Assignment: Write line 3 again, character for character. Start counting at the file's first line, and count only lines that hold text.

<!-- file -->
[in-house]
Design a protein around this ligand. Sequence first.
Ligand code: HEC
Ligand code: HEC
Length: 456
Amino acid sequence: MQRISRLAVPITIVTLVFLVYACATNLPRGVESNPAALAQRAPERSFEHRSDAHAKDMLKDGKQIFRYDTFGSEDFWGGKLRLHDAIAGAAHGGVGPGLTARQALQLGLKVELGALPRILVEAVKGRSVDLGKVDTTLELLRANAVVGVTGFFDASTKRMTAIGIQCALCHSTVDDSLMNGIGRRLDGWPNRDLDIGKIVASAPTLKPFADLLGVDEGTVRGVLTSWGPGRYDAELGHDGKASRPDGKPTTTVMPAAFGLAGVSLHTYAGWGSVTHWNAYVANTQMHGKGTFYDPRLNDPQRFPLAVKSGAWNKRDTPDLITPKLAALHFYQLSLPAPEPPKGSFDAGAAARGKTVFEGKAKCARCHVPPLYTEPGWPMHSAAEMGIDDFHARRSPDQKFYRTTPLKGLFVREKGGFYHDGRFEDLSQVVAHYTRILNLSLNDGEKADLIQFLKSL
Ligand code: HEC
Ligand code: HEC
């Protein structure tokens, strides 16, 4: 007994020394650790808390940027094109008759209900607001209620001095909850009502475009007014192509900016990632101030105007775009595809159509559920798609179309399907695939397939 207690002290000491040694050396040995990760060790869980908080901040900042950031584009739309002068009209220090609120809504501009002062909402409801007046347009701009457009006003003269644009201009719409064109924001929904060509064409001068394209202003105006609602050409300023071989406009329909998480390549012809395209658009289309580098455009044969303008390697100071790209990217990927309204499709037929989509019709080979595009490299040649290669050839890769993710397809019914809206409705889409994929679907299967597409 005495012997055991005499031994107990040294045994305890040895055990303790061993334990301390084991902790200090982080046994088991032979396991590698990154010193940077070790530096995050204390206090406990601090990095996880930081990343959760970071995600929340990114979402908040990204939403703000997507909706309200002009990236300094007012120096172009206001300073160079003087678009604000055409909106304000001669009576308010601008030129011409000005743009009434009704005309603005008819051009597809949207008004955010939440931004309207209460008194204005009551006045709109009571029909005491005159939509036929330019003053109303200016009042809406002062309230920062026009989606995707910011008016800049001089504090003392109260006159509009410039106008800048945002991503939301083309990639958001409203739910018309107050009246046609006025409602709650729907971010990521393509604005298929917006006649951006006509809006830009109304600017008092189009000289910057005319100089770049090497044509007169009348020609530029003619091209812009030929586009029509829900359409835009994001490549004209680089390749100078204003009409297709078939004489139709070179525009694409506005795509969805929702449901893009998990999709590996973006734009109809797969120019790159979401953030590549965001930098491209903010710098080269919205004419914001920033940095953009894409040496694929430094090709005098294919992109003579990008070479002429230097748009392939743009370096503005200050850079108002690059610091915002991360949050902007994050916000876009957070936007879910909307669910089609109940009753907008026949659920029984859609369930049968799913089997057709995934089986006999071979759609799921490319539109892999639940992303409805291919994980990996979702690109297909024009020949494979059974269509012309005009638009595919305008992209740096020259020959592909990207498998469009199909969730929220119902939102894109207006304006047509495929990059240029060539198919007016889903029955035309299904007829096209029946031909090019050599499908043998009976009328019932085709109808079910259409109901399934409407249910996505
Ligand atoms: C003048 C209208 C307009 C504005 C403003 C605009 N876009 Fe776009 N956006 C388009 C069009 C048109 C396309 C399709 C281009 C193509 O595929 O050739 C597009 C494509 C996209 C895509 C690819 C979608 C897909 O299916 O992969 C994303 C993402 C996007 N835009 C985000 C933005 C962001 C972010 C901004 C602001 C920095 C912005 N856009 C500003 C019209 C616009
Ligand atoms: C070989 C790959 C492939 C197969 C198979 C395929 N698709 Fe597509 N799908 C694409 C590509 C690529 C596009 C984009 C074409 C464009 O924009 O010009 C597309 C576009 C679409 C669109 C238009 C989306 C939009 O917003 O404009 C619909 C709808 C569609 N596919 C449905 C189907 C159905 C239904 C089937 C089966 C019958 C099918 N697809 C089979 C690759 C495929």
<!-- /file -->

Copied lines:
Ligand code: HEC